Stocks saw their biggest quarterly declines in four years as investors worried about a China-led global slowdown and a possible rise in U.S. interest rates. Small-caps fared worse than large-caps, but small-cap value stocks outperformed their growth counterparts. Energy and materials stocks, which are closely tied to Chinese demand for commodities, performed worst, with the former falling over 34% within the Russell 2000 Value Index. The more heavily weighted industrials and business services sector was also especially weak.
The Small-Cap Value Fund returned −8.14% in the quarter compared with −11.92% for the Russell 2000 Index and −10.10% for the Lipper Small-Cap Core Funds Index. For the 12 months ended September 30, 2015, the fund returned −1.33% versus 1.25% for the Russell 2000 Index and 0.32% for the Lipper Small-Cap Core Funds Index. The fund's average annual total returns were −1.33%, 10.72%, and 6.67% for the 1-, 5-, and 10-year periods, respectively, as of September 30, 2015. The fund's expense ratio was 0.96% as of its fiscal year ended December 31, 2014.
For up-to-date standardized total returns, including the most recent month-end performance, please click on the Performance tab, above.
Current performance may be lower or higher than the quoted past performance, which cannot guarantee future results.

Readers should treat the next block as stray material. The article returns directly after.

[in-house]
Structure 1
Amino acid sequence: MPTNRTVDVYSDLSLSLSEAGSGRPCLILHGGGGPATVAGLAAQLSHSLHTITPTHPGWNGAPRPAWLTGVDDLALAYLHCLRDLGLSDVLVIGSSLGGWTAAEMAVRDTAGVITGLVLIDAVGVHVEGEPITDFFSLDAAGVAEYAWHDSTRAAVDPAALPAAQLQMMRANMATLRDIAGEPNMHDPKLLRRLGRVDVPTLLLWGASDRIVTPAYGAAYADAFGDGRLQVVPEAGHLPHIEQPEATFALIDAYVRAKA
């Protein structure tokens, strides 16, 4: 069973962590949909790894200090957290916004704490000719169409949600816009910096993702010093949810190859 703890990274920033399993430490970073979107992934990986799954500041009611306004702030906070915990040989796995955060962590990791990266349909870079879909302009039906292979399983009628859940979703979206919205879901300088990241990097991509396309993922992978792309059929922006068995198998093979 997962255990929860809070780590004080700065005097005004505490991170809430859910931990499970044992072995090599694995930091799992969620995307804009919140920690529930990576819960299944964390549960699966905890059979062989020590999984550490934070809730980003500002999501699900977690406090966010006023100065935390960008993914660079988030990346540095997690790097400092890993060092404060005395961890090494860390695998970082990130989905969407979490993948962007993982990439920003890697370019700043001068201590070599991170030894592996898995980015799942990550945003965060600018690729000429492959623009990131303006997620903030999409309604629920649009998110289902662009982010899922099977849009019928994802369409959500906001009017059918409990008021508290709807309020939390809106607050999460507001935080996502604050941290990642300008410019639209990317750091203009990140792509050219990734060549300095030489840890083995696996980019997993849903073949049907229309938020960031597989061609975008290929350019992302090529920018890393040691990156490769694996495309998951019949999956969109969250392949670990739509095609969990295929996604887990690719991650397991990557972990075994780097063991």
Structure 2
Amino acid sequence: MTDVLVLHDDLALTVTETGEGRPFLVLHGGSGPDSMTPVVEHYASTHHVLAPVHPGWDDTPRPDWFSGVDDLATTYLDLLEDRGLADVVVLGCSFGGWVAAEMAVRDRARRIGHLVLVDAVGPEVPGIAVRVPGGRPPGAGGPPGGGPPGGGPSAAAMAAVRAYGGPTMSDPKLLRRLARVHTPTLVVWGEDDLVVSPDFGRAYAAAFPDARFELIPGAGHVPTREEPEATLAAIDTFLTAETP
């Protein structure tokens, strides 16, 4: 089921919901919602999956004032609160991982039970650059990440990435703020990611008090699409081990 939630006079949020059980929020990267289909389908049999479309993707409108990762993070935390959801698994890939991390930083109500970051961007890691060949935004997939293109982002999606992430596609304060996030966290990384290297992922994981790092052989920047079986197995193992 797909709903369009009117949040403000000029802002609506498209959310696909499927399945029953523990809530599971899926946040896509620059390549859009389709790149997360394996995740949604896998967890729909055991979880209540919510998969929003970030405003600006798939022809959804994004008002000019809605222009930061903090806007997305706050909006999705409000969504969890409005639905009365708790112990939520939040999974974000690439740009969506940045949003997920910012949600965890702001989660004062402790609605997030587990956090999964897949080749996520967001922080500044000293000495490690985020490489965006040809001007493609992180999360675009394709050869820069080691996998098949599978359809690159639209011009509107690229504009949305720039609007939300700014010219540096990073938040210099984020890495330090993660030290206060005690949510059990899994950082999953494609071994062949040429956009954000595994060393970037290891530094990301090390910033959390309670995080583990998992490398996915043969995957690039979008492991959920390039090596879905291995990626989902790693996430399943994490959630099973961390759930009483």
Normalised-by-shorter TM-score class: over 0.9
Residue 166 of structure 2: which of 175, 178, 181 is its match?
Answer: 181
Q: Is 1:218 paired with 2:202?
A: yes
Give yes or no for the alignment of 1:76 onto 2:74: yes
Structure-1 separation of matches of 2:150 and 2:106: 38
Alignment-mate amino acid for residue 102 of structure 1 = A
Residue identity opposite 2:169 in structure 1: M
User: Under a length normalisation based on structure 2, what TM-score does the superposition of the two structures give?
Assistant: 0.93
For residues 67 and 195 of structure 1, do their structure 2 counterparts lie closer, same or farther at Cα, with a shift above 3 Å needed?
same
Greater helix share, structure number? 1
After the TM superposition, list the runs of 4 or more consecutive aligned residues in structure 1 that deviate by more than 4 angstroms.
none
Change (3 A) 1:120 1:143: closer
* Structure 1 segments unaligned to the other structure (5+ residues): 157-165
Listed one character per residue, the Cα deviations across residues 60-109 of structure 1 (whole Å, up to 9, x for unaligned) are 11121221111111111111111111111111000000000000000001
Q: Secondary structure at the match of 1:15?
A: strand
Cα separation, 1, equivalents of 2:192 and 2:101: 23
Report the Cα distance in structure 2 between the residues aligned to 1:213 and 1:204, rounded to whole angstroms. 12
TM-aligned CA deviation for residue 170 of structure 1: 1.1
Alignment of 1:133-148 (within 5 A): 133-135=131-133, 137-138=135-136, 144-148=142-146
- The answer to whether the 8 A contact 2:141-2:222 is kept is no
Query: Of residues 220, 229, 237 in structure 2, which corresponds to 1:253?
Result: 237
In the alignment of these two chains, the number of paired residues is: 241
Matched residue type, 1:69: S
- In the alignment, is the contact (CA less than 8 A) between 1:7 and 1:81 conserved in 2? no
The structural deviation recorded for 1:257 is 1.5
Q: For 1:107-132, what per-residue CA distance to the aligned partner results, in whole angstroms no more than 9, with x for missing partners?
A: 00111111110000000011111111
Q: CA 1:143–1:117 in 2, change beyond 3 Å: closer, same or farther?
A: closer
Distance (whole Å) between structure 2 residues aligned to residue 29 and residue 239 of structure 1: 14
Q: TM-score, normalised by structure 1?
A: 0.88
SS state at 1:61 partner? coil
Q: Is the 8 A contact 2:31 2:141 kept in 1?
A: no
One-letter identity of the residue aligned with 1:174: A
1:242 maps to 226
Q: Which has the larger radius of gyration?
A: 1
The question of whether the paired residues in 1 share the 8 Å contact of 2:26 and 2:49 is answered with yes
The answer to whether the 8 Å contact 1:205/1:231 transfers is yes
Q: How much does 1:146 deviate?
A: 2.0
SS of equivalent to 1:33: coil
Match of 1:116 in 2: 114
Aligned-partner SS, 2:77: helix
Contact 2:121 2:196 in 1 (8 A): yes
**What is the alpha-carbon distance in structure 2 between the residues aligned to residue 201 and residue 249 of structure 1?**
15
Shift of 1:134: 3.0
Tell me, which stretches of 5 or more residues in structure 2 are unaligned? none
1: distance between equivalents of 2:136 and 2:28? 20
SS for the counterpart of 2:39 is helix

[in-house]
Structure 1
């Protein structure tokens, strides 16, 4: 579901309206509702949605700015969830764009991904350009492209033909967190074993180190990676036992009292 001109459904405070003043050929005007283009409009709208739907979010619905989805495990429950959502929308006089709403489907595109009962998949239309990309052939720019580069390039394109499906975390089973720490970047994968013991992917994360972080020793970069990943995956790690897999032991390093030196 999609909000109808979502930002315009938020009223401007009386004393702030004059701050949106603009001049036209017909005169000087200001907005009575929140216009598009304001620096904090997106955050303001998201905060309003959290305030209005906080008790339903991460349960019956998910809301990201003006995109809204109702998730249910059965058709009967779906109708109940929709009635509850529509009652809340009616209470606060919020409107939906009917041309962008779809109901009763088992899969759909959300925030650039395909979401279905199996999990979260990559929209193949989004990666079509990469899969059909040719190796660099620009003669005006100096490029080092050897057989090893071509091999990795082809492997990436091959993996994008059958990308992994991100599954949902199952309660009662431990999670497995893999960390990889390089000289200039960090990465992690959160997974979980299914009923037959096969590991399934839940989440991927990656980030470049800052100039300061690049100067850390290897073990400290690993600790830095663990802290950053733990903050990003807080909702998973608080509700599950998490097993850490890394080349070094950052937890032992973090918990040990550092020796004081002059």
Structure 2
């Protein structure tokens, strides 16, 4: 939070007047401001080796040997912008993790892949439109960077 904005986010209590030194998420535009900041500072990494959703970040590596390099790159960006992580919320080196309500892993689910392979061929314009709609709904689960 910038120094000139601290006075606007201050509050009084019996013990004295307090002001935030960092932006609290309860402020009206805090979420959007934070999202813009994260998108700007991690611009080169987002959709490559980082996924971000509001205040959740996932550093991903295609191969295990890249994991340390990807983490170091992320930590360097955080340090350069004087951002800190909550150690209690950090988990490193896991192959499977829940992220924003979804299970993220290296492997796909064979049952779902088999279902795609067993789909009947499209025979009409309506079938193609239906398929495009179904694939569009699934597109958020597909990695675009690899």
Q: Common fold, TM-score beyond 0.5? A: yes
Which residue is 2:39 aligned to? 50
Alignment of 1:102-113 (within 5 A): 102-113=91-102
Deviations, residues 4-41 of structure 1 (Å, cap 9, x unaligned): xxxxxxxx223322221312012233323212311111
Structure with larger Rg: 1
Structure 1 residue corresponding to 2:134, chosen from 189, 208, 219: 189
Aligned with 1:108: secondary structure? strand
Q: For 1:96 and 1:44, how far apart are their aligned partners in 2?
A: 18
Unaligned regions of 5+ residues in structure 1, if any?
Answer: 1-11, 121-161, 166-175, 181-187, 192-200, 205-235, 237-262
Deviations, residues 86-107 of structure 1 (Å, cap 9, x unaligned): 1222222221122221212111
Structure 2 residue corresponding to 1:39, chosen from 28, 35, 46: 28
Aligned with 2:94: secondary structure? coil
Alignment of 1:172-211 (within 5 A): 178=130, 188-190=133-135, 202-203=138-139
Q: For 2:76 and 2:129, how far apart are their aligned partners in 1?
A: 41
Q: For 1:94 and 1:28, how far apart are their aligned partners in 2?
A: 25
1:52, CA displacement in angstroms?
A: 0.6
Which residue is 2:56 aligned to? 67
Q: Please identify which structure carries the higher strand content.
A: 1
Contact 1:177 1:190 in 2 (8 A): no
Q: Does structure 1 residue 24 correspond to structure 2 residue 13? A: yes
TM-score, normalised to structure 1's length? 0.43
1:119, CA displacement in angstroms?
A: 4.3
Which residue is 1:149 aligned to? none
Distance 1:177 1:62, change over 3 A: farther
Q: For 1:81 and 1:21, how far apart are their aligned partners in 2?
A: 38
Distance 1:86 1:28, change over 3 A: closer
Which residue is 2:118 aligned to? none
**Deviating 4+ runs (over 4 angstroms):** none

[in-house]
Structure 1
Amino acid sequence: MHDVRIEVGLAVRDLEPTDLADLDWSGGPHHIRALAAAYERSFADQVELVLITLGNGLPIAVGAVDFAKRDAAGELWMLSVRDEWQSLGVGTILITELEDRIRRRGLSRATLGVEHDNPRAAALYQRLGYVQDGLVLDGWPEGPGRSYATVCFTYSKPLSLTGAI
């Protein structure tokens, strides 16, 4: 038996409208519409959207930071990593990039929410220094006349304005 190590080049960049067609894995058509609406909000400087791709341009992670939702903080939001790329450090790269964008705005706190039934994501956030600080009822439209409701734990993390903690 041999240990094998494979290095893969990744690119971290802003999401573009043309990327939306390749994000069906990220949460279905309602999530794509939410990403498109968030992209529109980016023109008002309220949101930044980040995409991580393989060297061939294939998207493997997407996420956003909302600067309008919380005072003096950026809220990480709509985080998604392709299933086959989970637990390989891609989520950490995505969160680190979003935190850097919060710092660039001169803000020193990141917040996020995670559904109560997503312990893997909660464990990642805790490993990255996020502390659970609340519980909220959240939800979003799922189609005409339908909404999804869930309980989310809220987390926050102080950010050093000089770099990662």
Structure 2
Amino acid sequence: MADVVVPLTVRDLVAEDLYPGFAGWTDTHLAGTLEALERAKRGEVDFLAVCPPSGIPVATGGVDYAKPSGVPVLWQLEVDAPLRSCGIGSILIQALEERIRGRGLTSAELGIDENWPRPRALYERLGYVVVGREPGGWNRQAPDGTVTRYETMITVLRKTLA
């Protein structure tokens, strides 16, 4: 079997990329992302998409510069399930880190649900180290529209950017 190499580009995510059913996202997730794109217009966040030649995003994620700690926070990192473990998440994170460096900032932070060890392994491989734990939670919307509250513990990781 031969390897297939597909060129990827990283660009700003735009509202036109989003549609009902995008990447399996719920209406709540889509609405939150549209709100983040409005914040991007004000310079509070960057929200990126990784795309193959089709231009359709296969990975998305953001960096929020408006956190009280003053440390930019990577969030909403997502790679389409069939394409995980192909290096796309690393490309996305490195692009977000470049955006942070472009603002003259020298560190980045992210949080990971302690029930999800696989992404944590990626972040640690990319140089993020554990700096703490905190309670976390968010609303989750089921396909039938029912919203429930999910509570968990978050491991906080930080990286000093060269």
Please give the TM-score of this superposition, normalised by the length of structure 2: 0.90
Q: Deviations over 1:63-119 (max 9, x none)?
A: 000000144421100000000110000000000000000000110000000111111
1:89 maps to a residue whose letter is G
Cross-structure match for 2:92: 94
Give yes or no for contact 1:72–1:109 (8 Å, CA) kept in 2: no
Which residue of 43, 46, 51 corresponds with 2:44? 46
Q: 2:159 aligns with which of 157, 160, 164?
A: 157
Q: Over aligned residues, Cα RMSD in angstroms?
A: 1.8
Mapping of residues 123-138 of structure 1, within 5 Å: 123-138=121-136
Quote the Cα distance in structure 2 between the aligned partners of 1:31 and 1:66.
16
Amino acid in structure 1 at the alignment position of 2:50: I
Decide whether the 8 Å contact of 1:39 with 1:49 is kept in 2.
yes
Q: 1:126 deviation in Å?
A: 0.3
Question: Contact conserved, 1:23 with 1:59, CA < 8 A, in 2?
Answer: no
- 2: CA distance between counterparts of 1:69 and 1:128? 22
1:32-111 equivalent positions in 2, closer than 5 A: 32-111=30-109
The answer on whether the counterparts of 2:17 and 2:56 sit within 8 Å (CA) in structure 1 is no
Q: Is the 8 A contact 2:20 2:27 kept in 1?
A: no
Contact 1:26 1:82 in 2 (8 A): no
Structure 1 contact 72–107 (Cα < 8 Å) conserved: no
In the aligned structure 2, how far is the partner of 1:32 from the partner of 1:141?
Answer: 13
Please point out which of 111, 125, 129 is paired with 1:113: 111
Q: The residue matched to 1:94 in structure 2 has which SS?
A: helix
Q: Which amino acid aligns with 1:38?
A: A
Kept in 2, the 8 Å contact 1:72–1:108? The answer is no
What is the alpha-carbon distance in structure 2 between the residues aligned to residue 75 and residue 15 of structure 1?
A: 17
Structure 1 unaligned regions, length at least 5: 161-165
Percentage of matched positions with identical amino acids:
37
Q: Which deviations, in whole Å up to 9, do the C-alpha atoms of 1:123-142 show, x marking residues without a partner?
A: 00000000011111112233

Share price, principal value, and return will vary and you may have a gain or loss when you sell your shares.
The Small-Cap Value Fund charges a 1%
redemption fee on shares held 90 days or less.
The performance information shown does not reflect the deduction of the redemption fee;
if it did, the performance would be lower.
Small-cap stocks endured a rough quarter, and while the portfolio did not escape the downdraft, we were glad to see that we met our goal of providing some downside protection for unitholders. Our focus on higher-quality, lower-leveraged companies also helped, as risk-averse investors demanded higher yields on riskier corporate debt, particularly in the energy sector. Stock selection in the industrials segment provided the biggest boost to relative returns, while sector weightings, which have recently come more in line with the benchmark, detracted a bit.
The quarter's poor market performance has left us a bit more optimistic about stock returns going forward, as our sense is that the U.S. economy remains on track. When the Federal Reserve will begin to raise interest rates remains a focus of many investors, but we expect that an increase, when it does come, will have both positive and negative consequences for different firms in our widely diversified portfolio. More generally, we are keeping our focus on individual stock selection rather than relying on a top-down view of the economy to guide shifts in sector allocations or other broad moves. We are finding attractive prospects in a range of sectors, and we will continue to rely on the firm's large and experienced team of industry analysts in conducting the intensive fundamental research that is the basis of our investment strategy.